Not much was thought of Holtmann’s bunch prior to each of his first two seasons in Columbus after taking over a sputtering program. In unofficial preseason Big Ten polls jointly conducted by The Athletic and the Columbus Dispatch, Ohio State got picked to finish 11th prior to the 2017-18 season and eighth before the 2018-19 season. The Buckeyes didn’t get a single vote in the preseason Associated Press Top-25 poll either year.
This season? Things have changed.
Ohio State will enter Wednesday’s season opener against Cincinnati ranked 18th in the AP top 25. In the unofficial preseason poll, the media picked the Buckeyes to finish third in the Big Ten. KenPom’s preseason ratings have them at No. 11 in the country after ranking them at No. 41 prior to last season and No. 78 before Holtmann’s first in Columbus.
The increased expectations stem from the return of Kaleb Wesson, the team's leading scorer and rebounder, along with other key veterans and the additions of Florida State transfer CJ Walker and the highest ranked recruiting class Holtmann has ever landed. Among the newcomers are three top-50 overall recruits – point guard DJ Carton (No. 34), forward E.J. Liddell (No. 44) and forward Alonzo Gaffney (No. 50) – who are expected to make significant contributions. Carton was picked as preseason Big Ten Freshman of the Year, and Liddell got the second-most votes for the award.
In the spring, Holtmann said he “didn't get into coaching at the highest level of college basketball to be fearful of expectations,” and they’ve arrived, validating where he has led this program.
However don’t expect him to defend the public’s heightened belief in his team. On multiple occasions, he has touted the inaccuracy of rankings before games get played.
“It's not really anything that's been addressed, and I don't think I'll change in how I go about it,” Holtmann said. “(The players) probably are aware of it to some degree, or maybe more than to some degree. But I think even players nowadays understand, even players themselves understand that it's relatively meaningless.”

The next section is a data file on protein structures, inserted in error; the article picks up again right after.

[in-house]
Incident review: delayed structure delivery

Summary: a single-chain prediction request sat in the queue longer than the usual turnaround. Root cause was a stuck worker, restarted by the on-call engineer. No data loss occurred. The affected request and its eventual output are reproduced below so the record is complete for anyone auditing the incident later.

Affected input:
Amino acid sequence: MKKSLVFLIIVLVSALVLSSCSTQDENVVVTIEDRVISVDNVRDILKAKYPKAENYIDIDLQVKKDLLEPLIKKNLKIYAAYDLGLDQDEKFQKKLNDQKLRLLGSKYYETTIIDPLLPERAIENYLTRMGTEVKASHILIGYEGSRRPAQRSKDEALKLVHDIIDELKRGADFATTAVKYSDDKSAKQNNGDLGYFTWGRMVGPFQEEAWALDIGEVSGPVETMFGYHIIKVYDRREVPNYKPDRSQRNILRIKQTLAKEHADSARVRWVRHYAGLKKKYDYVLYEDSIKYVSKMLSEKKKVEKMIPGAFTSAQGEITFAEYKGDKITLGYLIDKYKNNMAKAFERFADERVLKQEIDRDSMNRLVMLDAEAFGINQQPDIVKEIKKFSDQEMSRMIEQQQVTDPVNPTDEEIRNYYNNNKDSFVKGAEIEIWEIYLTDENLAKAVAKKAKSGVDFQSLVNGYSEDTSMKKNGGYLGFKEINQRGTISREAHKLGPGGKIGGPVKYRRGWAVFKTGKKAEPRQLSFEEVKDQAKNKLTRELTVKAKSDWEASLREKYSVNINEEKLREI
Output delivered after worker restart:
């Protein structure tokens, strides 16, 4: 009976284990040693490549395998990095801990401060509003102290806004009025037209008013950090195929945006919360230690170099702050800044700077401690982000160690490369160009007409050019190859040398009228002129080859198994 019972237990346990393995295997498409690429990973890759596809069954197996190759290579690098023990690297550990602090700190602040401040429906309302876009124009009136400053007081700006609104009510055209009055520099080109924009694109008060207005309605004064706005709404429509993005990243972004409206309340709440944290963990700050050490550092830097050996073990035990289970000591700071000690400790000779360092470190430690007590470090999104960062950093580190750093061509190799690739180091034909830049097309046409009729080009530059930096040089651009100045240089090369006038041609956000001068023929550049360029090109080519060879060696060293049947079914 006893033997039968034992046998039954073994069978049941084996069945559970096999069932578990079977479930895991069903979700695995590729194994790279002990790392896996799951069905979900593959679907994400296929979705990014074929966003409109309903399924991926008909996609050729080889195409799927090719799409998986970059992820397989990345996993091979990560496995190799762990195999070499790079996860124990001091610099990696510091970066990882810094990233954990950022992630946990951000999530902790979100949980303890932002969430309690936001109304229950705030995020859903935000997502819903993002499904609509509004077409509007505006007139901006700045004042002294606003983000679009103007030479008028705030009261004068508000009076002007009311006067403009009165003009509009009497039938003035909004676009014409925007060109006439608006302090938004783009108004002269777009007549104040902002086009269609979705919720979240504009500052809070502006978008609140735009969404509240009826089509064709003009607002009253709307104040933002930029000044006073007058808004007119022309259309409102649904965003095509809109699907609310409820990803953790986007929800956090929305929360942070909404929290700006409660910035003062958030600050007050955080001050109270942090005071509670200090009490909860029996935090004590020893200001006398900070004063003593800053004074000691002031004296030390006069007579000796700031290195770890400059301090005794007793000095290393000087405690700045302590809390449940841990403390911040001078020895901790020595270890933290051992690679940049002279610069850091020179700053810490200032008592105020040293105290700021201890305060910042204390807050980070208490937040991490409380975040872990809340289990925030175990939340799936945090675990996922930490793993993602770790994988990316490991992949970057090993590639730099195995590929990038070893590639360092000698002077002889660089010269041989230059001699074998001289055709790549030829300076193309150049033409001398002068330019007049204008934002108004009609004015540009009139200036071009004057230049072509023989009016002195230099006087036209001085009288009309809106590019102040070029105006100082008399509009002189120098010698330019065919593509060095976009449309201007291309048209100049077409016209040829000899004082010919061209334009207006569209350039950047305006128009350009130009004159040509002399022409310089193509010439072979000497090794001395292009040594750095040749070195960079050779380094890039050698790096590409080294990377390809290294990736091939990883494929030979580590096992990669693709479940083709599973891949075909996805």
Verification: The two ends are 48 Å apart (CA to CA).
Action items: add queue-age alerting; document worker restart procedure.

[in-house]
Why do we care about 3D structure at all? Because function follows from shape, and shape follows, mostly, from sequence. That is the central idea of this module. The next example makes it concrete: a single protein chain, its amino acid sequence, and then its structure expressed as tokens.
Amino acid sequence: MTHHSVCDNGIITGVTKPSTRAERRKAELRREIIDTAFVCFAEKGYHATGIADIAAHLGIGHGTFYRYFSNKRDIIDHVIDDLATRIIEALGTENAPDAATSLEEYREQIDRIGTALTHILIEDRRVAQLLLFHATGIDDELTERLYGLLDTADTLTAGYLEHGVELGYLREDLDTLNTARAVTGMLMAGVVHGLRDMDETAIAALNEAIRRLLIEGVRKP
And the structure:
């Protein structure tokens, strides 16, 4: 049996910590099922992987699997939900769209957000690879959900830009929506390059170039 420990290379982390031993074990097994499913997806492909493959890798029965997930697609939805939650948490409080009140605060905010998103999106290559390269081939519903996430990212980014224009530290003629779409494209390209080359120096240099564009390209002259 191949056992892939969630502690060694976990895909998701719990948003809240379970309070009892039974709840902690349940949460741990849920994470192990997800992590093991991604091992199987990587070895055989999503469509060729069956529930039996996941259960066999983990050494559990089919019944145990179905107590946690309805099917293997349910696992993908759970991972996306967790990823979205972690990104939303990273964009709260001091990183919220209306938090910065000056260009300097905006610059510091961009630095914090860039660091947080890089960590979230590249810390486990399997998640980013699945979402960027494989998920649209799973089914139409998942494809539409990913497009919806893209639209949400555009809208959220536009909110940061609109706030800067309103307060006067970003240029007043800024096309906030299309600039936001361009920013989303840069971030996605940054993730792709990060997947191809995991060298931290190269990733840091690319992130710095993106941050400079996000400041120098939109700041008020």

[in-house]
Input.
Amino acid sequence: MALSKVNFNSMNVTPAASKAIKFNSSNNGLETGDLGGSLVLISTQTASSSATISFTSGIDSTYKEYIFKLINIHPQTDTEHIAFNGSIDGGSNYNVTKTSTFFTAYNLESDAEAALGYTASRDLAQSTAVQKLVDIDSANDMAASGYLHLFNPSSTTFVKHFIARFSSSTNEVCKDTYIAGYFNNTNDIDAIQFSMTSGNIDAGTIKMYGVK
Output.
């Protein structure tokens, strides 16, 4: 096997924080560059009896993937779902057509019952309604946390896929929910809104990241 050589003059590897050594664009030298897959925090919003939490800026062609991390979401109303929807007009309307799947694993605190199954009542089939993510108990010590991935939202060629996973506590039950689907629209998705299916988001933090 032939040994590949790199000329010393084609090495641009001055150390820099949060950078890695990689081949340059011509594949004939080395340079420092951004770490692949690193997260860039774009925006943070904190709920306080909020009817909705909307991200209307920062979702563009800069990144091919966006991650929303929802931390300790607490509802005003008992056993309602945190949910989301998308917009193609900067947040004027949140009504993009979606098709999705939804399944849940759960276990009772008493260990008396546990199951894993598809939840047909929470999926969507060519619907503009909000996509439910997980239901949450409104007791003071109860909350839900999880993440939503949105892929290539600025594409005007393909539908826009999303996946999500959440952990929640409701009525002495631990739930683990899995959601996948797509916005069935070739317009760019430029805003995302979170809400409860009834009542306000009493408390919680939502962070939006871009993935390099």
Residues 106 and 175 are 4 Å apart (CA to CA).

What Holtmann says is correct. Preseason rankings don’t really affect anything by the time the basketball season begins.
But they do help to set a baseline both locally and nationally of what a team can accomplish in a given season. And as somebody entering his third season as Ohio State’s head coach, that matters to Holtmann.
He dealt with nonexistent preseason expectations in his first season, blowing them away, and minimal preseason expectations in his second season, exceeding them by making the NCAA tournament. Ultimately, though, Gene Smith didn’t select Holtmann as Thad Matta’s replacement for that low of a level of expectation before a season, and he didn't hire him for the eighth-place finish in the Big Ten, 12 losses to conference opponents, 15 total losses and No. 193 ranking in turnover percentage.
Smith picked Holtmann because he believes he can do more, which isn't lost on the third-year head coach who chose to hang those four numbers throughout the facility.
Holtmann has plenty of program momentum, and he has the program relevant before the season. Now, it's incumbent upon him, his coaching staff and his players to live up to the most preseason belief that has existed both in Columbus and throughout the country in the Holtmann era.